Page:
Manuel F. Medrano is currently a professor in the History Department at the University of Texas at Brownsville, specializing in Mexican American history and culture. He is a member of the Humanities Texas Distinguished Speaker's Bureau, the recipient of the University of Texas Board of Regents Outstanding Teaching Award and the current holder of the Houston Endowment for Civic Engagement. He has authored three published historical/cultural poetry books about the border including En Cuerpo y Mente, Imagenes and En la Sombra de Mi Alma, co-authored a history book with Dr. Milo Kearney entitled Medieval Culture and the Mexican American Borderlands and a book with Dr. Anthony Knopp entitled Charro Days in Brownsville. Medrano's most recent book is Américo Paredes, In His Own Words, An Authorized Biography. Since 1994 he has produced and directed, in conjunction with the UTB/TSC Media Services, twenty-two oral history profiles of people and events in the Rio Grande Valley, including legendary folklorist Américo Paredes, acclaimed Tejano writer Rolando Hinojosa and Chicano civil rights activist José Angel Gutierrez. titled Los del Valle.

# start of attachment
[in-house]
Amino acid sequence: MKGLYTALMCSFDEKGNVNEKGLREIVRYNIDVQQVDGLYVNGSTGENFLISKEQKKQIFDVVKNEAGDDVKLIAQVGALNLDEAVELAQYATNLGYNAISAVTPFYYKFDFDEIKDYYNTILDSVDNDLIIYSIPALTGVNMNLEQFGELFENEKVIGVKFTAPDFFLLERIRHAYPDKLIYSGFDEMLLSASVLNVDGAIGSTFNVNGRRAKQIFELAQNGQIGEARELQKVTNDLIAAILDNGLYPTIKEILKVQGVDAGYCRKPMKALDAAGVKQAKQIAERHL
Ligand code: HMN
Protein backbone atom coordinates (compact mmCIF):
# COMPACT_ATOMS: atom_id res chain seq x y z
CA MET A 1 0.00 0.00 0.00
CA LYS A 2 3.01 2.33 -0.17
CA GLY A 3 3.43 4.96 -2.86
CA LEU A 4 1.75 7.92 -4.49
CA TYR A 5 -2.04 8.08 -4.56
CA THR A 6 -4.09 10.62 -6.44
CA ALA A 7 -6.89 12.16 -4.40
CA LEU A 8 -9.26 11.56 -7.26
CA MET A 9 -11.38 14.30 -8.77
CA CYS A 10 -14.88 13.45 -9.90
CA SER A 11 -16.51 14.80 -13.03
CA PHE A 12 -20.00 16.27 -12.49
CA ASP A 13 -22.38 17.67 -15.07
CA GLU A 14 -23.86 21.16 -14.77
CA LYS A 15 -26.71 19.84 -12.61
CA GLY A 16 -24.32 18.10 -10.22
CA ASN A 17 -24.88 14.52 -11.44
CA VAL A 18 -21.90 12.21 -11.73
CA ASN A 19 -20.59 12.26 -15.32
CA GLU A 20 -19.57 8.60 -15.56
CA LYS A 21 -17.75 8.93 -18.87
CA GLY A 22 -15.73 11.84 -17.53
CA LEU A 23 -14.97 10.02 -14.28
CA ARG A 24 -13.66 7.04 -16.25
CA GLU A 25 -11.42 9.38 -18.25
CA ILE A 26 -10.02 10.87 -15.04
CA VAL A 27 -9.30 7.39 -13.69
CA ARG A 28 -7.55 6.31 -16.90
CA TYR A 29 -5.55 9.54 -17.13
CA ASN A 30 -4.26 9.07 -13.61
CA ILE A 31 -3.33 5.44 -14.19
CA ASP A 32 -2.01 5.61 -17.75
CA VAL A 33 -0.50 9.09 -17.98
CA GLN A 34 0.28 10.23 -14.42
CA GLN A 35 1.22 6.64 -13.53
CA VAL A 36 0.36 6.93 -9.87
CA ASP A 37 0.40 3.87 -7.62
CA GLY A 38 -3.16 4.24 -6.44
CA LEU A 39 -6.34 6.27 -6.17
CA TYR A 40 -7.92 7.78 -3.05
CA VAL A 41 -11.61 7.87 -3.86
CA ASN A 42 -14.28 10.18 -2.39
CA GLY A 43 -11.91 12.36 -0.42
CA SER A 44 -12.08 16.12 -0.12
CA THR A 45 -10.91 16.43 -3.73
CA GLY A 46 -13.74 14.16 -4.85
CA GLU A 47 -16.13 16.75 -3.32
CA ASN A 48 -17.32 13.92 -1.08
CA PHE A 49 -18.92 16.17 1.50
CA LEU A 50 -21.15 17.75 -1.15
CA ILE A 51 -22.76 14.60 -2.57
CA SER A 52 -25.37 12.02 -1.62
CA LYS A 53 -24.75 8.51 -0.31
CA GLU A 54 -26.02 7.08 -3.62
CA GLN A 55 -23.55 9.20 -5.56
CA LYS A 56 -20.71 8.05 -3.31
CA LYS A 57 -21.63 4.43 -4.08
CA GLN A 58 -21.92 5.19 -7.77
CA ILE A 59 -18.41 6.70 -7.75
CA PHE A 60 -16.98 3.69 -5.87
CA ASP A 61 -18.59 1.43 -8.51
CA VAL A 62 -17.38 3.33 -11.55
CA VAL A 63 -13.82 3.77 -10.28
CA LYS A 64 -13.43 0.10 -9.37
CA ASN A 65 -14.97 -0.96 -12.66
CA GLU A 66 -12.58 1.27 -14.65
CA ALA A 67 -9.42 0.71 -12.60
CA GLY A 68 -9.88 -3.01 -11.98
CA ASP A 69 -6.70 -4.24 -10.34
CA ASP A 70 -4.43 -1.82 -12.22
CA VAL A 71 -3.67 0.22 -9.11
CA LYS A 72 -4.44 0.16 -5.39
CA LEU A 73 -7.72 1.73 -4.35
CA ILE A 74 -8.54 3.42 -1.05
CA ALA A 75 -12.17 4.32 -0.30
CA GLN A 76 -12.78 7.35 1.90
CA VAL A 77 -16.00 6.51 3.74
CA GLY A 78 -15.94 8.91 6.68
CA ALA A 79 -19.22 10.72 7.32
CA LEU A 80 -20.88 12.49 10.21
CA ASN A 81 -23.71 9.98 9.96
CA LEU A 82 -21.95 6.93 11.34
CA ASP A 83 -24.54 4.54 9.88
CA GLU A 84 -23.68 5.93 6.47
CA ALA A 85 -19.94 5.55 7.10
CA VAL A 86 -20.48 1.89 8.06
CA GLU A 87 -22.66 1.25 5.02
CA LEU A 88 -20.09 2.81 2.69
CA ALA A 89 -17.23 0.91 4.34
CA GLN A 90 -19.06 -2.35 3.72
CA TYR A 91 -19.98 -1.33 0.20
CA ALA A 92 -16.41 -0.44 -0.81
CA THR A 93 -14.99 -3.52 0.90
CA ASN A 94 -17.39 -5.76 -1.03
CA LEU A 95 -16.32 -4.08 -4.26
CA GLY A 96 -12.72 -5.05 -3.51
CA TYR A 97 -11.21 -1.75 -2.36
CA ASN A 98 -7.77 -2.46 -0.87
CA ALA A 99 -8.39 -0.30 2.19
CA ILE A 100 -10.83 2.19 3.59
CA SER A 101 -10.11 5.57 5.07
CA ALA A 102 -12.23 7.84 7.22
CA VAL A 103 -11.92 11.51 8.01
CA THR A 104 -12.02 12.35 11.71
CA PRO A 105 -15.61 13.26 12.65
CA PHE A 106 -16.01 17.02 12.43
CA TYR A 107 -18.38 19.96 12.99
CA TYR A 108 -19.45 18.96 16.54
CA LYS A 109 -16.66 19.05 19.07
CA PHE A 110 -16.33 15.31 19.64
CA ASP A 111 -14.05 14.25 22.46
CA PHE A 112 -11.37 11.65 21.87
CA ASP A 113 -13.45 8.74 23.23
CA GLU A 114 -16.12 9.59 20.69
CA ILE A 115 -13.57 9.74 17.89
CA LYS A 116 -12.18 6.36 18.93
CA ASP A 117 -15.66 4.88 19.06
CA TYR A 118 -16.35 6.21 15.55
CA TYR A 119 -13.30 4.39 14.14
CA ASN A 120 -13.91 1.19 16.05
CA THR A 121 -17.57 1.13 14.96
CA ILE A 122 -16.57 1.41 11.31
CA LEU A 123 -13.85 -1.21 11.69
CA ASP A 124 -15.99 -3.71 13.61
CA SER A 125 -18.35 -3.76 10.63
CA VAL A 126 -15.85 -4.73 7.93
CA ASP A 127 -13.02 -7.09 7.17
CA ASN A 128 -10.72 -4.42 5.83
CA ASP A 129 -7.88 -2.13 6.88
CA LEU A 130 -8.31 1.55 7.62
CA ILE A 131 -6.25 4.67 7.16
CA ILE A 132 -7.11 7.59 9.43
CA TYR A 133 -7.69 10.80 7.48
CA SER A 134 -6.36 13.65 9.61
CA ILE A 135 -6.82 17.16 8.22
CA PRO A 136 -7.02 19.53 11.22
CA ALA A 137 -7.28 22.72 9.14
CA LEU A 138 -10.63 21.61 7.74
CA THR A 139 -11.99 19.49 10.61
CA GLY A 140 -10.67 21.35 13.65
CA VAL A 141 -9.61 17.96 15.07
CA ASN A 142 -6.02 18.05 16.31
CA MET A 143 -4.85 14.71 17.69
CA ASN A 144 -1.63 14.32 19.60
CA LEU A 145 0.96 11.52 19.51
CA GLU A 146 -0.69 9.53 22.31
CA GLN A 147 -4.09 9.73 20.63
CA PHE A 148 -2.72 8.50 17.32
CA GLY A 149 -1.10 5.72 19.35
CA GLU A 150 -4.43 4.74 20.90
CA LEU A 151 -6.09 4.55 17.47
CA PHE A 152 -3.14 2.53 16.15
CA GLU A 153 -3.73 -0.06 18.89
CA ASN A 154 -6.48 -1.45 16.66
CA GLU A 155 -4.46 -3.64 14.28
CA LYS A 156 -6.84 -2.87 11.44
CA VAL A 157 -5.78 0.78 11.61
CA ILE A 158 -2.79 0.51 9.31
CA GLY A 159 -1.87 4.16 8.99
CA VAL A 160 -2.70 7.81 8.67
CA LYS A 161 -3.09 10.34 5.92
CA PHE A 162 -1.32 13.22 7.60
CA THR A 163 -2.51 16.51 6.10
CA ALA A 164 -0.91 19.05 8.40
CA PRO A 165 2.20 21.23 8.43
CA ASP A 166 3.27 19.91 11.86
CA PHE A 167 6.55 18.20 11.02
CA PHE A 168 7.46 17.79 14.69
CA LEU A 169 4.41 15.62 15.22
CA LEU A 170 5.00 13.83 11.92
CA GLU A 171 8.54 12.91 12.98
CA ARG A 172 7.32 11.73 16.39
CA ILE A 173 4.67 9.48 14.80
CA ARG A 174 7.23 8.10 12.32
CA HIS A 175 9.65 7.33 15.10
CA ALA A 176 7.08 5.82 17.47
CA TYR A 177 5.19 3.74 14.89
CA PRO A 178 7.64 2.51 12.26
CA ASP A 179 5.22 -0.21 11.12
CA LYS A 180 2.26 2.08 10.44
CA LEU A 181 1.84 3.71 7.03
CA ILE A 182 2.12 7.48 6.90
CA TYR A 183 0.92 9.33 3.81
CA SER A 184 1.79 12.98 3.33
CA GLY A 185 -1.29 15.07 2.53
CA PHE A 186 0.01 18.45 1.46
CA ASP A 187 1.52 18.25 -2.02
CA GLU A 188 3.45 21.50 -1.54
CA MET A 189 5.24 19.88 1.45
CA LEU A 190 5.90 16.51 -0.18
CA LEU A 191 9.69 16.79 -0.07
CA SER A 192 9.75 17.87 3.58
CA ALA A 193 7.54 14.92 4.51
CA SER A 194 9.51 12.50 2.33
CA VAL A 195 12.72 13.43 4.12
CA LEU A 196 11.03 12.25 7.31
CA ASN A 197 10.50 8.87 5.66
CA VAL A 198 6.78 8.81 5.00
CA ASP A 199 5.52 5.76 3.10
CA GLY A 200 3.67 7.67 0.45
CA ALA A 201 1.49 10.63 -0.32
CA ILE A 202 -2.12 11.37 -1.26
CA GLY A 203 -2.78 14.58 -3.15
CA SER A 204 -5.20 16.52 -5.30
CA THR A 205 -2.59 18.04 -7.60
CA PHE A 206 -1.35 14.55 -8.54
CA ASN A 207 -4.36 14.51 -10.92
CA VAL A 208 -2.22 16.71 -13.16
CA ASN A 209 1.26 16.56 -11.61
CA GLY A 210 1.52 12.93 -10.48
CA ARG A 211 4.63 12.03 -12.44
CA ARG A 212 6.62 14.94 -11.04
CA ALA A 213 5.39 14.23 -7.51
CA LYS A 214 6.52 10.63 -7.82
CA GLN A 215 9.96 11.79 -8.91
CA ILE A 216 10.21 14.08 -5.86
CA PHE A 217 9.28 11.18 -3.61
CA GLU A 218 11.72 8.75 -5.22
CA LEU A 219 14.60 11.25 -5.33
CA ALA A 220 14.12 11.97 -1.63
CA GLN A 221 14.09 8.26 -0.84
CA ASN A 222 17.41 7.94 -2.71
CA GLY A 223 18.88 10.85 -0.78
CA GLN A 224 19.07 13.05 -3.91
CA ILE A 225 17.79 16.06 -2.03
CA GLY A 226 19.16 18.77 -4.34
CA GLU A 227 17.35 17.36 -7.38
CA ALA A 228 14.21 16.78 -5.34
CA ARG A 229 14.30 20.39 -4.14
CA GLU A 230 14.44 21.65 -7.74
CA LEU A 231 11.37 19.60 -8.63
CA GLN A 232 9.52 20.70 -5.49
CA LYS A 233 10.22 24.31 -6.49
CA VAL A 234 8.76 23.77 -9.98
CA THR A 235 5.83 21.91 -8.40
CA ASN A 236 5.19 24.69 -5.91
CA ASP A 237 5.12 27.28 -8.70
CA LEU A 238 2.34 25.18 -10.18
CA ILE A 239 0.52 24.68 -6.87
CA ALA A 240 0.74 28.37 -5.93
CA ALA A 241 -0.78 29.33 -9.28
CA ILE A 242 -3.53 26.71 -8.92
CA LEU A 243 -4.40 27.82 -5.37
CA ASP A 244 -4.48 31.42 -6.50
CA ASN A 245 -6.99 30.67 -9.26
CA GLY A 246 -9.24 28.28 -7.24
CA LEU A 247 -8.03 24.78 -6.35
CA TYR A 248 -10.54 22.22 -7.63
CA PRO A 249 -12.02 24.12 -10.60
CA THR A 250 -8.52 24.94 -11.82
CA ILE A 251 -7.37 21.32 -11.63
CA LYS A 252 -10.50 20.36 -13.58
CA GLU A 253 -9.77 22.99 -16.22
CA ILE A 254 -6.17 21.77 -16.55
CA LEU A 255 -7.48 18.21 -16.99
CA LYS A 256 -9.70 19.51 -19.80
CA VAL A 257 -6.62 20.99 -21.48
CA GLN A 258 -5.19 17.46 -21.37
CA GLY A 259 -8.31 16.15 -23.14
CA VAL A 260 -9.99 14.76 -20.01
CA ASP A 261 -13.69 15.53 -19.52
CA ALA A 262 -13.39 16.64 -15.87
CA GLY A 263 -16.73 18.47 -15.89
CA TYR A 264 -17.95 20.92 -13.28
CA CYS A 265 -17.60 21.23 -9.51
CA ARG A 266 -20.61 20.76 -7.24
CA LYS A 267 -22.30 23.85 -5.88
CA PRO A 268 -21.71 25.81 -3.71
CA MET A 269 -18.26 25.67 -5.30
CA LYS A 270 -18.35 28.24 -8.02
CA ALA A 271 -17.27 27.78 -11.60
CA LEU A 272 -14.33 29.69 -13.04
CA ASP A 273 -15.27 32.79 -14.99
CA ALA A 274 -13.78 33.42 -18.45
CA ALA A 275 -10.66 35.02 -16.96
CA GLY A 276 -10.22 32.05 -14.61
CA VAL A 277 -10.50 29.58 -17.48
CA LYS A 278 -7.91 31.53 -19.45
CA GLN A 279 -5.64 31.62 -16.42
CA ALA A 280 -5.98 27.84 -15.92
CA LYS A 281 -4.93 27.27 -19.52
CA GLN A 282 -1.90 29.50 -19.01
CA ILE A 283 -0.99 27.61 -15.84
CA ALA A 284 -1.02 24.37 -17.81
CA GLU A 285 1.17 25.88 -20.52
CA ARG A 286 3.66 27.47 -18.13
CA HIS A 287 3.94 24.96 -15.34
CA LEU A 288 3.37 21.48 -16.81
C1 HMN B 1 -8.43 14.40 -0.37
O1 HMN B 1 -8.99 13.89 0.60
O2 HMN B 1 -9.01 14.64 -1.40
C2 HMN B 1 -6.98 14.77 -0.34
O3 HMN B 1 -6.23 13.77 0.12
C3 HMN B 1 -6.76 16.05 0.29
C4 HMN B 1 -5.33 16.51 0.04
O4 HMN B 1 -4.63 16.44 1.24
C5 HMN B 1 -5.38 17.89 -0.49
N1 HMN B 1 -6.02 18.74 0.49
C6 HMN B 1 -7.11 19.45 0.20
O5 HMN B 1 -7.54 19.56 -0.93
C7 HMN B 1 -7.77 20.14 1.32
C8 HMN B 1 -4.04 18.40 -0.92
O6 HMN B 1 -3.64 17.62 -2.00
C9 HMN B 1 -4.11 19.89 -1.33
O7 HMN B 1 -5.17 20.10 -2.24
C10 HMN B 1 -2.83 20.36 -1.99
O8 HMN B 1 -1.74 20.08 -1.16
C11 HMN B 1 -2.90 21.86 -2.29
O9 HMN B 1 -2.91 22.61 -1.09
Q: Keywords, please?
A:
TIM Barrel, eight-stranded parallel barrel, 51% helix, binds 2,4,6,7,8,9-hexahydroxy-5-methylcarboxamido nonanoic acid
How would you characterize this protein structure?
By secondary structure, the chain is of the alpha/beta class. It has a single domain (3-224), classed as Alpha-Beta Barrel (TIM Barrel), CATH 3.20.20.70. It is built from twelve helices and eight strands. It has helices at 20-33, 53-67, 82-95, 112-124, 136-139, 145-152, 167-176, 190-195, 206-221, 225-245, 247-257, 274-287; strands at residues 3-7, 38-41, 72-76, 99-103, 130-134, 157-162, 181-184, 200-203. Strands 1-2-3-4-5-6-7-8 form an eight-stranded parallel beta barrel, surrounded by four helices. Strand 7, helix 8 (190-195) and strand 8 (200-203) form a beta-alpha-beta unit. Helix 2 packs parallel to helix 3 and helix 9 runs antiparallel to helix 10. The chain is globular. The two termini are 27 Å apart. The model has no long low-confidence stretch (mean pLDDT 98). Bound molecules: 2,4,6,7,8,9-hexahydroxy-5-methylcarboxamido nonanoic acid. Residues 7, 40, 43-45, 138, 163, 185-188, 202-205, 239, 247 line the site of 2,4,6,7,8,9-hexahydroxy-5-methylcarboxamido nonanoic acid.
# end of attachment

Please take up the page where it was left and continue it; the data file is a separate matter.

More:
Jeff Wilson, Ph.D.
Jeff Wilson is an assistant professor of environmental science that focuses on health disparities and environmental justice issues along the U.S.-Mexico border from a geographic information science perspective. Dr. Wilson completed his PhD in Environmental Science from The University of Canterbury and did his Post-Doctoral work at the Harvard School of Public Health. Dr. Wilson has recently published work on a variety of health and justice issues relevant to the border region, including swine flu, diabetes & obesity and justice disparities relating to the border wall. Dr. Wilson has presented his work as testimony on human rights violations associated with the border fence to the Inter-American Commission on Human Rights at the Organization of American States in Washington, D.C.